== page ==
Fun Children's Books about Manatees and Other Sea Life

KIRKUS REVIEWS June 29, 2017

“Another creative blending of real-life oceanography and gentle fantasy in a smart and entertaining series.”

In this latest installment of a science- and nature-based picture book series for young children, a curious manatee journeys with old and new aquatic friends to the site of a sunken ship.

Fresh from an eventful, hurricane-tossed swim from Key West, Florida, to the Bahamas, Kobee Manatee heads out for another undersea adventure in this third volume that continues the informative series by author Thayer (Kobee Manatee: A Wild Weather Adventure, 2015, etc.) and illustrator Gallegos (Ernie’s Wish Tail, 2016, etc.). Accompanied by his pals Pablo, a hermit crab, and Tess, a sea horse, Kobee sets out for San Juan, Puerto Rico, in search of the wreckage of the SS Antonio López, a real-life, 19th-century ship sunk during the Spanish-American War. (Its description is one of “Kobee’s Fun Facts,” tidbits that are set apart from the story’s text and highlighted throughout the book’s colorful pages.) On the way to the ship, the band is joined by a lonely octopus named Ben. When Kobee is trapped by a beam while swimming through the wreck, Ben and new friends Alis, a playful goldentail moray eel, and Sandy, a nurse shark, try to help; the arrival of an old friend, Chester, a giant plankton-eating whale shark, saves the day. As with the first two books, the full-page images of ocean flora and fauna and the exaggerated features of Kobee and friends engage the eye in a rich palette of acrylic colors, and the “Fun Facts” scrolls offer depth without denying the young audience a lively story. Most of the well-conceived morsels of information here, again contributed by oceanographer and documentarian Fabien Cousteau, identify species of fish. They include some that children might recognize—lionfish, sawfish, parrot fish—and others likely to be new to them. Among the unfamiliar denizens of the deep: a damselfish, peppermint basslet, spotted eagle ray, and blue-striped grunts, which Tess describes as looking “like lemons with blue lines swimming.” A link to Cousteau’s Ocean Learning Center is included for any reader interested in further exploration.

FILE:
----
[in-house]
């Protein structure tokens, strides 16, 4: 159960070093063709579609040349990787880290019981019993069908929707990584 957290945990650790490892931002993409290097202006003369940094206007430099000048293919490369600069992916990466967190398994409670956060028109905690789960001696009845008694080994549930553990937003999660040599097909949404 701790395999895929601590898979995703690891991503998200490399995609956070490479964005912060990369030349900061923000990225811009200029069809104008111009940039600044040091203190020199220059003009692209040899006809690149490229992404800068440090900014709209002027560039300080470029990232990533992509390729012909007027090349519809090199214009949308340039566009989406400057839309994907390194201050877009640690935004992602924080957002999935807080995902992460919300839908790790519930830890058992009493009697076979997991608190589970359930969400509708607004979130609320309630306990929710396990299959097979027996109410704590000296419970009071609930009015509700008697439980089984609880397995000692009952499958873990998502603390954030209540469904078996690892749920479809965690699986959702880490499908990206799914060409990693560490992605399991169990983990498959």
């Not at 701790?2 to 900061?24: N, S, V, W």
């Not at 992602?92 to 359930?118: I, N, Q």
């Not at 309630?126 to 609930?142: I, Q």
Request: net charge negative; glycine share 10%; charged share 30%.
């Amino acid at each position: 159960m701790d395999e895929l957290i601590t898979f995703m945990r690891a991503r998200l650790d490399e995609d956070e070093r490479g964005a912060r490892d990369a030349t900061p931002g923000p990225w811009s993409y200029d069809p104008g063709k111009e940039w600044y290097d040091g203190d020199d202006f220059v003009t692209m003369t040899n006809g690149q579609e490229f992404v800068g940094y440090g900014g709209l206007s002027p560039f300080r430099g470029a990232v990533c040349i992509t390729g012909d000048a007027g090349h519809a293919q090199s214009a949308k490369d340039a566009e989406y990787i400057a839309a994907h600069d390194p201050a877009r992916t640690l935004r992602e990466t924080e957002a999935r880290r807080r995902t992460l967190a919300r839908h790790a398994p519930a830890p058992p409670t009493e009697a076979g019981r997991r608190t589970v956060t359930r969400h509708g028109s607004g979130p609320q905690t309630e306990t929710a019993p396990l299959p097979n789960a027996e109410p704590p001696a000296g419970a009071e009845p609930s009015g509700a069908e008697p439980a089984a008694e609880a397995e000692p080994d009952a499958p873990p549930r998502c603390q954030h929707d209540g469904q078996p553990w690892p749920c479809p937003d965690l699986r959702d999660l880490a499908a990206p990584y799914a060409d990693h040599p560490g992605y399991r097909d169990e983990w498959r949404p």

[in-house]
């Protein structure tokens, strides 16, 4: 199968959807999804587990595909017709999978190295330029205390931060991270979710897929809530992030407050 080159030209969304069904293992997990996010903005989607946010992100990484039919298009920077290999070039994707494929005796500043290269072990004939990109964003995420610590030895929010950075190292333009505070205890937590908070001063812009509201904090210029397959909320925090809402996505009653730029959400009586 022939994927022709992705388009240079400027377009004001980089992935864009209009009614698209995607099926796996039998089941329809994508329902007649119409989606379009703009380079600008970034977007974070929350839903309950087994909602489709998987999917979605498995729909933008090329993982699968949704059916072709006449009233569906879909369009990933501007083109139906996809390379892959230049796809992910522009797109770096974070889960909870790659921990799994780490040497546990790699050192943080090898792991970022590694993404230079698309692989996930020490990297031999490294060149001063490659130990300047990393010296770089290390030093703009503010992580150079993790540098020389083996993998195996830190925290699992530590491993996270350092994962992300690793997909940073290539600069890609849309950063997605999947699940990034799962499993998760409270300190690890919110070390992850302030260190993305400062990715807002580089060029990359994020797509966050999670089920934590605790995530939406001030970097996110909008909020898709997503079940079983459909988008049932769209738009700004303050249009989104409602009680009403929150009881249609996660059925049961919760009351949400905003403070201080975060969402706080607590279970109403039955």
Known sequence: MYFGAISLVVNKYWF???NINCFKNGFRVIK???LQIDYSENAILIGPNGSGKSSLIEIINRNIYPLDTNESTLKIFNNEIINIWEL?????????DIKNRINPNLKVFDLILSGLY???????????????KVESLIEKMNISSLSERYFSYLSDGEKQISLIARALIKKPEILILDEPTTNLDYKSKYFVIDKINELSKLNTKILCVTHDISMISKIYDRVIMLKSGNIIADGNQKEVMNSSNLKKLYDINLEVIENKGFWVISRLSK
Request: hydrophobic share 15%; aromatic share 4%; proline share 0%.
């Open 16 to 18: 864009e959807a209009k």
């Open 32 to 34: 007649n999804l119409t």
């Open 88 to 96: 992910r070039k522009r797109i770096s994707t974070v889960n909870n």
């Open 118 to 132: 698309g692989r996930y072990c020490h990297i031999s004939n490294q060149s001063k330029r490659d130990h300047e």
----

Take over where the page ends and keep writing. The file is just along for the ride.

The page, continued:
Review is for Book 3: Shipwreck Sea Friends

~ Kirkus Reviews

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